Have a Good Shabbos!
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amother




Purple
 

Post  Sat, Oct 27 2018, 12:11 pm
I'm not a convert, but from a non religious family and was not given a Hebrew name. I picked the Hebrew name that sounded the closest to my English name. Not quite as obvious as changing Hannah to Chana but more like changing Sandra to Sarah.

The Hebrew name I picked wasn't my favorite Hebrew name, and I would have never picked it for my daughters, but I just felt like that was the name that was staying true to my name, and that picking another name would have felt "made up".
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amother




Vermilion
 

Post  Sat, Oct 27 2018, 12:37 pm
My situation was weird, in that my parents gave me a Hebrew name, because I grew up reform and always thought I was Jewish based on patrilineal descent. The Hebrew name they gave me was Sarah, and they gave me a slightly similar English name.

I didn't want to be Sarah bas Sarah and have it be obvious I was a convert, especially since that was a sore point with my father's family for awhile, and besides, Sarah was a relative of my mother (with whom I haven't had a relationship in years) and I wanted to honor my father's family. I chose the name of my great-grandmother, who was one of the last people in the family to remain shomer Shabbos, was always an inspiration to me, had two biblical names of women who I look up to, and it happened to be the same initials as my English name!

(Years later, I added a third name at the recommendation of rabbonim when we were having trouble conceiving, and that's the name I introduce myself as. I identify strongly with all three of my names, and even with the original name Sarah, to the extent that I won't name a future child that because it would feel like naming after myself.)

(anon because this is a fairly unusual story and I'm sure people are reading this who know who I am.)
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amother




Chocolate
 

Post  Sat, Oct 27 2018, 4:58 pm
amother wrote:
I chose my names based on my given names. I’m southern so my parents gave me two first names Smile

One of those names was Mary, so I chose Miriam, which has the same first letter, is also a major female figure in the torah, and I connected with her character and role.

The other name has a similar meaning to my other given name.

In a way I wanted to honor the choices of my parents, who did a wonderful job at raising this Jewish neshama, and have been so loving and supportive of my becoming Jewish. My mom came with me to the mikvah, so she was there with me for both of my “births”.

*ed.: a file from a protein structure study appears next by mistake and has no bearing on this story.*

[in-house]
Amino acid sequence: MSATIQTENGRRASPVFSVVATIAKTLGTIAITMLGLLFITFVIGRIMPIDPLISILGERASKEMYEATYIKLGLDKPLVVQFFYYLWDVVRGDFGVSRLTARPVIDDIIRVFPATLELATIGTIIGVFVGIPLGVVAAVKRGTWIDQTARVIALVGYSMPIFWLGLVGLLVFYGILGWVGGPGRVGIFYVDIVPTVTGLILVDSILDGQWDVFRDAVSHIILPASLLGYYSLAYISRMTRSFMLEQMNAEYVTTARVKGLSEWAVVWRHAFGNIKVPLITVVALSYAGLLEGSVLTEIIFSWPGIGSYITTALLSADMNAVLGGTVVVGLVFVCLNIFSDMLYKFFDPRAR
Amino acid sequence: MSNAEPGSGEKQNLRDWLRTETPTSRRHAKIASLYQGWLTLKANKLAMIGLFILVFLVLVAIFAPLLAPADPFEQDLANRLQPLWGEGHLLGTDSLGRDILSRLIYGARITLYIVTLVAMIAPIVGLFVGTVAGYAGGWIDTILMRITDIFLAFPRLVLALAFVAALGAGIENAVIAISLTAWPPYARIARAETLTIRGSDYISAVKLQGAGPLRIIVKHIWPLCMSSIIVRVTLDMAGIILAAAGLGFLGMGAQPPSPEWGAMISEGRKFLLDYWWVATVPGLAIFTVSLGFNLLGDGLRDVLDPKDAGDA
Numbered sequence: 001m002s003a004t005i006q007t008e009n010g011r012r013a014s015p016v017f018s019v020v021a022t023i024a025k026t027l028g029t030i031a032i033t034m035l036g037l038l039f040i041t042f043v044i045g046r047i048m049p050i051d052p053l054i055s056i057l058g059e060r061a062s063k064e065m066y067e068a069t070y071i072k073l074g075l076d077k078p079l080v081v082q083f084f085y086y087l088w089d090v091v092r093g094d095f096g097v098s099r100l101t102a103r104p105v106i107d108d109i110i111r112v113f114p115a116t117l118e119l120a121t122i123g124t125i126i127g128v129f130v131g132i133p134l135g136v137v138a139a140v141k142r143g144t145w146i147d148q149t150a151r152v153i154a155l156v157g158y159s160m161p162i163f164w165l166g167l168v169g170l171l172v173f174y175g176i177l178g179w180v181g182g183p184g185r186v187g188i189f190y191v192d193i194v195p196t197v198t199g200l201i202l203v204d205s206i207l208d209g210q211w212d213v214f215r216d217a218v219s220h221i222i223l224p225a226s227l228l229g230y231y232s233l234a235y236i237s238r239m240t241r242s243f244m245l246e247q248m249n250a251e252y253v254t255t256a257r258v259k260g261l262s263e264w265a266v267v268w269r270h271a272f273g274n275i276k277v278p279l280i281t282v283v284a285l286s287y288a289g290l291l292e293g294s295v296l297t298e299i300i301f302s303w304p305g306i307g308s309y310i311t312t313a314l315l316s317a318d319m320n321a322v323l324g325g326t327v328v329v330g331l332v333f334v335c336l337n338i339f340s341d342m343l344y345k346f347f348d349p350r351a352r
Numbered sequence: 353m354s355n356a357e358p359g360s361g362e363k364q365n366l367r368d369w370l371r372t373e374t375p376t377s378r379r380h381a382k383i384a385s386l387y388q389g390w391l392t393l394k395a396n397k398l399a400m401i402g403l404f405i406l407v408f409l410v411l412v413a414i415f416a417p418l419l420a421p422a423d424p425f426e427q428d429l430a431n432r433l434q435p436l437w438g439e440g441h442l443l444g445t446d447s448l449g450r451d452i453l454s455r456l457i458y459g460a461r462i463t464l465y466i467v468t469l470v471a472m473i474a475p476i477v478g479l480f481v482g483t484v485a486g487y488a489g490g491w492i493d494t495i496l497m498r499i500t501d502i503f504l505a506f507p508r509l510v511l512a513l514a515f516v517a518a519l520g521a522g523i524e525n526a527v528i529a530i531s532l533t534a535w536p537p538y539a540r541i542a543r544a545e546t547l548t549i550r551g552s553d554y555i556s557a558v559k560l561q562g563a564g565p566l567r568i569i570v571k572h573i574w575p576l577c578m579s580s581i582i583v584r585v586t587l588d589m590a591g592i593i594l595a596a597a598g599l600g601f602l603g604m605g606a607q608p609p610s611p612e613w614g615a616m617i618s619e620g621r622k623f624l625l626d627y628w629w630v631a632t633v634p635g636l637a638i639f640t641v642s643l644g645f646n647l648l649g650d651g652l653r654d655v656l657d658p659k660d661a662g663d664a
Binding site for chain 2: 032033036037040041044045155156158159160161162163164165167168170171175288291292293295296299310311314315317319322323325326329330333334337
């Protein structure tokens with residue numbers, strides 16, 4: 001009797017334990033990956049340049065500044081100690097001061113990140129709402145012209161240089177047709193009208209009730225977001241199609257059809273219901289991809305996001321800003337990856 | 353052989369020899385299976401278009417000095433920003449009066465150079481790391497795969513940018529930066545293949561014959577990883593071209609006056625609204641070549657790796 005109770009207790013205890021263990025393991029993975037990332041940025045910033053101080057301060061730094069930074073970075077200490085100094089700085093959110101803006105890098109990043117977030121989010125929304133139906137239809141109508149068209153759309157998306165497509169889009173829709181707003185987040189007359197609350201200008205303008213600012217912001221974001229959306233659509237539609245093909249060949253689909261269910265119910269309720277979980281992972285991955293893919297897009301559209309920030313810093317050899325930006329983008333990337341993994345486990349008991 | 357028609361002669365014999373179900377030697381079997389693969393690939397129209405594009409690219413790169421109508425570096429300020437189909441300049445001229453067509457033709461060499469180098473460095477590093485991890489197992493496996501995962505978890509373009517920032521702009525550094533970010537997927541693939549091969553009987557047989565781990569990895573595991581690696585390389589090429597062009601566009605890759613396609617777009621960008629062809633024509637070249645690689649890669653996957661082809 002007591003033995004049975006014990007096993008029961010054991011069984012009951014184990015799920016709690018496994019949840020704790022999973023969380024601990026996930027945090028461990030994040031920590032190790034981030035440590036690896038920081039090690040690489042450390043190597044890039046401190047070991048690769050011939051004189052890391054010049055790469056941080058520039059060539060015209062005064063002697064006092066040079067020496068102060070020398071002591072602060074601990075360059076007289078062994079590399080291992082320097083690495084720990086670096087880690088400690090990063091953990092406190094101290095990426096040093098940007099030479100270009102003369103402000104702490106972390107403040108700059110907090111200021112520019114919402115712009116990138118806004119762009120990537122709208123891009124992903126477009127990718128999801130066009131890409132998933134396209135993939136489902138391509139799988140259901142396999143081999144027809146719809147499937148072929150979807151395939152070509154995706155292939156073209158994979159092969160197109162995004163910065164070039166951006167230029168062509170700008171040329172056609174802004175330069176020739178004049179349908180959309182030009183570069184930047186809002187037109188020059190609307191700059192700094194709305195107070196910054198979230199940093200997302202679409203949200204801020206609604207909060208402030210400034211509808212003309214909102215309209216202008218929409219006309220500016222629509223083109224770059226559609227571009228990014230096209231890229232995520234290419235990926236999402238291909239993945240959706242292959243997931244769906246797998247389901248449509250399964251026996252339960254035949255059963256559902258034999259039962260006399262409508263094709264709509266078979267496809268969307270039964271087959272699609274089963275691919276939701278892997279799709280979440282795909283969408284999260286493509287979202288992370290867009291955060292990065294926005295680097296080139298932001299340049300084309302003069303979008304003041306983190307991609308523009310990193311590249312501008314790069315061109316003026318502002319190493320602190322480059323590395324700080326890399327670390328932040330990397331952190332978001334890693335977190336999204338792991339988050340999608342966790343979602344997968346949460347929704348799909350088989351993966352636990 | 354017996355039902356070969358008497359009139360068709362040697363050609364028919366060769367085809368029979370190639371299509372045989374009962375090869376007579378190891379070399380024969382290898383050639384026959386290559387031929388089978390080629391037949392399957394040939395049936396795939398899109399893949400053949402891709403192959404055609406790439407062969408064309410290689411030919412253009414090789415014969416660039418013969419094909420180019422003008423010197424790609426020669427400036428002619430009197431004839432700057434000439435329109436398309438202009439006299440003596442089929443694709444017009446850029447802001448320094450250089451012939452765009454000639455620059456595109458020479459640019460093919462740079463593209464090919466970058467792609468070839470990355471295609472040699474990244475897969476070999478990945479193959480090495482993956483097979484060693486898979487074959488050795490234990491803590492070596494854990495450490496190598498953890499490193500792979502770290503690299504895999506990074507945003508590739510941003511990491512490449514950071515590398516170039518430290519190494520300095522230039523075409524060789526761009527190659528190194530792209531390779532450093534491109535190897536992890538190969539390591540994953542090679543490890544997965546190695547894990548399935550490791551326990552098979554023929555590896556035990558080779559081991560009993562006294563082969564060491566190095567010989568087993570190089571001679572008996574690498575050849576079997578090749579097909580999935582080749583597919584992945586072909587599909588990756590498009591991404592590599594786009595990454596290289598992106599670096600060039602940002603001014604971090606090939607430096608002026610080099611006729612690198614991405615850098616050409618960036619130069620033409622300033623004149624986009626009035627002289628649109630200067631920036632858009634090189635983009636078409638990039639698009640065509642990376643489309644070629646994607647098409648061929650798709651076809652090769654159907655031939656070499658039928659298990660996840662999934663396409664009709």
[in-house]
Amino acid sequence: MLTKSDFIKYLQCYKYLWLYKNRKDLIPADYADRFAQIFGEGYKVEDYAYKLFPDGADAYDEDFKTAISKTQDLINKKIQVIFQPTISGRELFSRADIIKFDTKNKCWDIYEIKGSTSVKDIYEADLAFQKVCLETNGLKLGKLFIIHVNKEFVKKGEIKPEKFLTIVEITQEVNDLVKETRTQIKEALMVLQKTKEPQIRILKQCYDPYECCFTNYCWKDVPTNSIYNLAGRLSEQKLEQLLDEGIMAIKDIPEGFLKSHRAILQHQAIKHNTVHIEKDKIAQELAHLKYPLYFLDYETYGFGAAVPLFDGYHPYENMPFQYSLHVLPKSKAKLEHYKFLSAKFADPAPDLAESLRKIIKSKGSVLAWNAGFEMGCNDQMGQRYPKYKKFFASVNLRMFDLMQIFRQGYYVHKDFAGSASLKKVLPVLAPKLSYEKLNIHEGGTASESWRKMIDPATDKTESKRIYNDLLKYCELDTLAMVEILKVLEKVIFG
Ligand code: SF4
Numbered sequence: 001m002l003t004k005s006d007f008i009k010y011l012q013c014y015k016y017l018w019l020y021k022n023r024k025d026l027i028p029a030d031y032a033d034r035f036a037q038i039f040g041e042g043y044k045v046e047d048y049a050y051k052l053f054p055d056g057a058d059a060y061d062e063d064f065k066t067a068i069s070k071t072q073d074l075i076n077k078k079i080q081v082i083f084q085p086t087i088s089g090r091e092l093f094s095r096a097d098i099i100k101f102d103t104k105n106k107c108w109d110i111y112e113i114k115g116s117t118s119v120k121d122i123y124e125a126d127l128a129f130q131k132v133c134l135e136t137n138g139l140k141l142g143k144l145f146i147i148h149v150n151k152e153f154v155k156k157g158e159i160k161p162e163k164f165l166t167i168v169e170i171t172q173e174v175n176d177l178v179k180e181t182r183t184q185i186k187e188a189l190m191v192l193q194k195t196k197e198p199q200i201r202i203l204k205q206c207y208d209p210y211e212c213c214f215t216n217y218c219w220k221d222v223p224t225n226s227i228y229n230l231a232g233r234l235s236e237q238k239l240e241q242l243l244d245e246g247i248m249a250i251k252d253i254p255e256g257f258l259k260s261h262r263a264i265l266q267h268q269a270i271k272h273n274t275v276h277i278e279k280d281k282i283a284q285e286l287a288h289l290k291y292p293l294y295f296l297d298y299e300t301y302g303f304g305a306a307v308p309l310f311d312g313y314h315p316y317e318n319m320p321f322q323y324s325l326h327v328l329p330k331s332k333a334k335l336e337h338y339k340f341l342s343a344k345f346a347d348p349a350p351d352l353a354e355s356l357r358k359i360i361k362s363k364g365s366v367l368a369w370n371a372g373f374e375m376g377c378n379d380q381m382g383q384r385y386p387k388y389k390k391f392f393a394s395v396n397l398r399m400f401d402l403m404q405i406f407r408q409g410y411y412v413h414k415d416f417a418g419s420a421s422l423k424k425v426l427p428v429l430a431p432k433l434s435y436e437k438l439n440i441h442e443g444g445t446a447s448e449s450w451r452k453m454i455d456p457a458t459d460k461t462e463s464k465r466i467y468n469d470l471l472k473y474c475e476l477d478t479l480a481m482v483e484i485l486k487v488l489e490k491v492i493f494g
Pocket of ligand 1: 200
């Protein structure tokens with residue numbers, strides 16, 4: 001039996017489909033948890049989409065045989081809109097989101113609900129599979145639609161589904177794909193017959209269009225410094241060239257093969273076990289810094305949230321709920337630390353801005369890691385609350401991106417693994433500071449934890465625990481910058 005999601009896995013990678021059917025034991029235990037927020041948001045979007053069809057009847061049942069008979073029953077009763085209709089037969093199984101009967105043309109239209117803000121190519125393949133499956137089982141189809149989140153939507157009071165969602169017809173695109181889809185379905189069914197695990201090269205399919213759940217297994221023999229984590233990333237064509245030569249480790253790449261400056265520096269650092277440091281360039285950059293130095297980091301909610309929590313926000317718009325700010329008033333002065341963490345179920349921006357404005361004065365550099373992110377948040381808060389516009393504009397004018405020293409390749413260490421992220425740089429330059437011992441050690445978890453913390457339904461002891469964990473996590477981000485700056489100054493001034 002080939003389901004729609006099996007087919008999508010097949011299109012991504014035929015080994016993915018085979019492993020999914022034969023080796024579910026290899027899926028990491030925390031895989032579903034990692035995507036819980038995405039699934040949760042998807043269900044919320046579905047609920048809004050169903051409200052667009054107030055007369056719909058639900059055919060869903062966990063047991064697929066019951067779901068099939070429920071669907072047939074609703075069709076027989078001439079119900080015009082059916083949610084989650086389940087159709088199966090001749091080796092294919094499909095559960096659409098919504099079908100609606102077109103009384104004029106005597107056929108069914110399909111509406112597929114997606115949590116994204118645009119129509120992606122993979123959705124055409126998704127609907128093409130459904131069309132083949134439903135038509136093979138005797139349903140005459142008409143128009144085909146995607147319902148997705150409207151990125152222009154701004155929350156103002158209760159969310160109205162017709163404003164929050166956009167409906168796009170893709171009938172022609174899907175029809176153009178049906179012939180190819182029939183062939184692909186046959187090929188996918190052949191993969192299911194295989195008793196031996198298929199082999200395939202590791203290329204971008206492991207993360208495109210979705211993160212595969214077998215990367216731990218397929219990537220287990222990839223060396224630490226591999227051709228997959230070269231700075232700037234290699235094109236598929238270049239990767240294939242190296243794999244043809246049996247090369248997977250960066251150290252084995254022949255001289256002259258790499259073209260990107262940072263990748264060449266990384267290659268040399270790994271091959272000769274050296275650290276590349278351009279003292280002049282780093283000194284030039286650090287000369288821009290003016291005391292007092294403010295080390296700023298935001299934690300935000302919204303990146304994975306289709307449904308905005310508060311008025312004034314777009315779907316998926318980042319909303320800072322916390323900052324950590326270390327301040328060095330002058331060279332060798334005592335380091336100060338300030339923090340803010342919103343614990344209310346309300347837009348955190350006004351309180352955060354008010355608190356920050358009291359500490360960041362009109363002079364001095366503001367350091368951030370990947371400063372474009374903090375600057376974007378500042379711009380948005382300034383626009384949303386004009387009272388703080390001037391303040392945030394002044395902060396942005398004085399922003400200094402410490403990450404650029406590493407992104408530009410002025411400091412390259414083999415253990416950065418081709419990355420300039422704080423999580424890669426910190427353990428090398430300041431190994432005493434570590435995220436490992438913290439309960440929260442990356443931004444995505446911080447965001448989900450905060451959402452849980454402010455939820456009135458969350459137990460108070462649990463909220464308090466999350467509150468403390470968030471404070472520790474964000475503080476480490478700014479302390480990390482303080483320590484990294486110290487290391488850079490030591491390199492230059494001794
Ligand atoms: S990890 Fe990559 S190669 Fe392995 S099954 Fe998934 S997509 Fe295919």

my mom converted and she also was called Mary before and chose Miriam as her hebrew name. I know a lot of gioresses who have the name Ruth.
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amother




Scarlet
 

Post  Sat, Oct 27 2018, 8:39 pm
I’ve had the zchus to attend many conversions due to being a mikvah lady. One woman asked me if I minded if she used my name as her name. It was such an honor.
(Another time when I was 9 months pregnant, a woman froma state over hear about the pregnant mikvah lady - me - and came to dip after me. It was my night off but I came and for her privacy, we never saw eachother. She never asked me for my hebrew name because I go by my english name, so it never came up. She sent me a gift 3 months later, and then 9 months later called to tell me the baby’s name - my hebrew name!! She had no idea!)
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ggdm




 
 
 
 

Post  Mon, Oct 29 2018, 10:50 am
I chose a name that I liked and that expressed my feeling of gratitude for finally being able to make this step. Along the lines of Judah (to give thanks) or Yishmael (Gd has listened), just female of course Wink
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Seas




 
 
 
 

Post  Mon, Oct 29 2018, 11:16 am
ggdm wrote:
I chose a name that I liked and that expressed my feeling of gratitude for finally being able to make this step. Along the lines of Judah (to give thanks) or Yishmael (Gd has listened), just female of course Wink


Imagine converting to a Jewish Yishmael...
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amother




Vermilion
 

Post  Wed, Oct 31 2018, 5:37 am
Me again. My husband is also a ger, and his parents gave him a name that's actually biblical, and he just took the Hebrew version of it without really thinking much, seeking to honor his parents--but he cautions people who go that route to make sure the name isn't super unusual or weird in the frum community.
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ggdm




 
 
 
 

Post  Wed, Oct 31 2018, 6:10 am
Seas wrote:
Imagine converting to a Jewish Yishmael...

It may raise some eyebrows, especially if the convert were from Arabic origin LOL
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chicco




 
 
 
 

Post  Wed, Oct 31 2018, 9:31 am
Just to point out there's a tanna by the name Yishmael in the mishna...